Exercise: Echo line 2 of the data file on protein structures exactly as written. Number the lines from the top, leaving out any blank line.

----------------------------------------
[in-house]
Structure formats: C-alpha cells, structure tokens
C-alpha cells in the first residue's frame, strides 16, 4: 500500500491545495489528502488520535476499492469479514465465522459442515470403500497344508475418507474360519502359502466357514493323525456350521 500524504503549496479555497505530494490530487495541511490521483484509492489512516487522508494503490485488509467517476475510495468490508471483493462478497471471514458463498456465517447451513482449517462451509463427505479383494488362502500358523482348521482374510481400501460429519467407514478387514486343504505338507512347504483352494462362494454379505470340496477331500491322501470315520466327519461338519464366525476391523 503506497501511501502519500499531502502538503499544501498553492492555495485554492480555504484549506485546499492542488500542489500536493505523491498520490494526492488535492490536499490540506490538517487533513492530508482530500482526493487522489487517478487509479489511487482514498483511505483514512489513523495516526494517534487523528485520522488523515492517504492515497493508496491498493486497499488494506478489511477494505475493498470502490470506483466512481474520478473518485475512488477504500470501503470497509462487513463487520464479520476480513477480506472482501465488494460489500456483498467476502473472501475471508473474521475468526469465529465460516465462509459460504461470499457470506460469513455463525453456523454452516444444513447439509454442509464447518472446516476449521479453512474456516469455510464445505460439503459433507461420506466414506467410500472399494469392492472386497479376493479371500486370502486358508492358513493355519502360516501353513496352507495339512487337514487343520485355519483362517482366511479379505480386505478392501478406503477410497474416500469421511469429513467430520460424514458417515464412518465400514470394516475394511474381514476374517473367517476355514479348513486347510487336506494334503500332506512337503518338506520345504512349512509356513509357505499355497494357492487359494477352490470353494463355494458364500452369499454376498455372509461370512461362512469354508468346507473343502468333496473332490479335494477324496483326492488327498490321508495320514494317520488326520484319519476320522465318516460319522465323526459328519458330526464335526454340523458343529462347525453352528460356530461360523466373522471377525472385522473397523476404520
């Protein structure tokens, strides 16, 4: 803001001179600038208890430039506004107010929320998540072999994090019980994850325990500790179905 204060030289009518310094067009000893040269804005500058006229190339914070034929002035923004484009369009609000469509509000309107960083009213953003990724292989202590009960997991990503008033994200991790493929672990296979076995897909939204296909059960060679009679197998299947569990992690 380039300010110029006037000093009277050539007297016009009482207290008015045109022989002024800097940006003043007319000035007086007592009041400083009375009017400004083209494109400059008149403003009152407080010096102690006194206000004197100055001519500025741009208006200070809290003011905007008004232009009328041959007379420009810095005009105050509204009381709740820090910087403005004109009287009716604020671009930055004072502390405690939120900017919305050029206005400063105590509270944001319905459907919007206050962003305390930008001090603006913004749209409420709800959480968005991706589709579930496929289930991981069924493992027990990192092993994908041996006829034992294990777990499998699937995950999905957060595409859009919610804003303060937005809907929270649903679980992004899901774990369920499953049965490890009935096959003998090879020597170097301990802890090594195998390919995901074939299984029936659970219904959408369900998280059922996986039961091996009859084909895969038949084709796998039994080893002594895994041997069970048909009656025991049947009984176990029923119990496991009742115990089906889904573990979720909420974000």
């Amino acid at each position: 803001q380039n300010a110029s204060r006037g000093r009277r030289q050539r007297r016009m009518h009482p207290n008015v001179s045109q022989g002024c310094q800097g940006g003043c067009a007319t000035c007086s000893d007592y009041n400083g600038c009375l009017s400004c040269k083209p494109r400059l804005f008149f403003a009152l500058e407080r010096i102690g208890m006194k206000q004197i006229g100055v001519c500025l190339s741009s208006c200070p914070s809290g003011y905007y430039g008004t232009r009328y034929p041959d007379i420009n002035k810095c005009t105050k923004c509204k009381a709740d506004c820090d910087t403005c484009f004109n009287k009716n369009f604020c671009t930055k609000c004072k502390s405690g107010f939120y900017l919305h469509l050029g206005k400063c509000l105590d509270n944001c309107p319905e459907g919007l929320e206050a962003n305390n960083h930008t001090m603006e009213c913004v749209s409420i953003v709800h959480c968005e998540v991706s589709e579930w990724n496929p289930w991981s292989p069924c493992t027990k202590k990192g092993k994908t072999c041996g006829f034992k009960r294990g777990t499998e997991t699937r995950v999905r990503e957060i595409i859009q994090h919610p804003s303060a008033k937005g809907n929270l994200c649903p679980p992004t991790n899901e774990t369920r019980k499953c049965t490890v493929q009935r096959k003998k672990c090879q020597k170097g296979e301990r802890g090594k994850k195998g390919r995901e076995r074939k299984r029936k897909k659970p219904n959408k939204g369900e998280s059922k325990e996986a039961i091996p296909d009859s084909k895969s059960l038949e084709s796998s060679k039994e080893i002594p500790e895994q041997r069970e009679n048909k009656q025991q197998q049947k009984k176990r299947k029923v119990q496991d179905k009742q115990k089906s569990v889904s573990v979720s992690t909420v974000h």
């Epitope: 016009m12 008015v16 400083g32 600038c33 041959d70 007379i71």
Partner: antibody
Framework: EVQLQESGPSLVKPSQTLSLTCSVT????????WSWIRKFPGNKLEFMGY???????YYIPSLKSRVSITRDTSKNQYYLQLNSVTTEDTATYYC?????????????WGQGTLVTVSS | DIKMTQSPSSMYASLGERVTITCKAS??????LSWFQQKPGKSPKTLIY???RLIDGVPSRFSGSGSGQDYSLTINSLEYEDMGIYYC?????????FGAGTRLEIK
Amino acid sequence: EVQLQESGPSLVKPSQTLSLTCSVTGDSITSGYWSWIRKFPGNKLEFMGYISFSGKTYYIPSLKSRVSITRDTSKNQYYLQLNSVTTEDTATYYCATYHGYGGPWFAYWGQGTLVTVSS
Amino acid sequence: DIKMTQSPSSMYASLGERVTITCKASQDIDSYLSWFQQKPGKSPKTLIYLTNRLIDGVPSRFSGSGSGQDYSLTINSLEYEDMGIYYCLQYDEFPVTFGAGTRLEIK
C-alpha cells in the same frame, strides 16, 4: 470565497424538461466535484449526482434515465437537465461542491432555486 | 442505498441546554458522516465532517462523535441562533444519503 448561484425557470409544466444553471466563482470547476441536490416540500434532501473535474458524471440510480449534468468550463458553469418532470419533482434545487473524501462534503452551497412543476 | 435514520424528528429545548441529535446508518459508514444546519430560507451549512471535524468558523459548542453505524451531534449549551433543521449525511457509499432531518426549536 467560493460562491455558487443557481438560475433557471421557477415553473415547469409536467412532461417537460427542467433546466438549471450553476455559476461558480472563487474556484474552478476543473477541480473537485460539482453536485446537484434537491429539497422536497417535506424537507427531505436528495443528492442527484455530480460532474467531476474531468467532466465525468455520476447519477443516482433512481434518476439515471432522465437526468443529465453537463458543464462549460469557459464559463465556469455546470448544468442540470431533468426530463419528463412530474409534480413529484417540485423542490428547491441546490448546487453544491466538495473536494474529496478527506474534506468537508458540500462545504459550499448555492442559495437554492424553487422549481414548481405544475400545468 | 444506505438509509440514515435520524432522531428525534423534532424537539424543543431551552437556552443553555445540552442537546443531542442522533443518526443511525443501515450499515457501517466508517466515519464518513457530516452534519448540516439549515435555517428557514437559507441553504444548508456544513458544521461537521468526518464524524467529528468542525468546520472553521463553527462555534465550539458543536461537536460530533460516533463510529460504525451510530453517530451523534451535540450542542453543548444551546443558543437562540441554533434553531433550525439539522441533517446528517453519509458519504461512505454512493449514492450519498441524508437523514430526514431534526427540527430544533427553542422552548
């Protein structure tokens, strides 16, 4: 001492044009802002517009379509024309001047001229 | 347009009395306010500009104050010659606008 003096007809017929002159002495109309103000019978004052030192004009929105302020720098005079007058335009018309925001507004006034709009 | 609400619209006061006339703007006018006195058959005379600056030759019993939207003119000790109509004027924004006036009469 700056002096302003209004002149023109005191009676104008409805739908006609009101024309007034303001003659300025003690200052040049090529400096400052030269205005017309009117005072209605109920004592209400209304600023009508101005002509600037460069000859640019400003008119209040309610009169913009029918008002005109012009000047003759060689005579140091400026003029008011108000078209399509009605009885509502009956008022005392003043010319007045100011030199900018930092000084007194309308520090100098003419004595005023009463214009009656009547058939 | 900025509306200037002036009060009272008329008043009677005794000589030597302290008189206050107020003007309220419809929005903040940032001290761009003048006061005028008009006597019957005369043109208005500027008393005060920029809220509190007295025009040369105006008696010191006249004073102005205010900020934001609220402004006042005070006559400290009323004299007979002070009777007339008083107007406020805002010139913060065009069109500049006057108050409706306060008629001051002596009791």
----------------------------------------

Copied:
Structure formats: C-alpha cells, structure tokens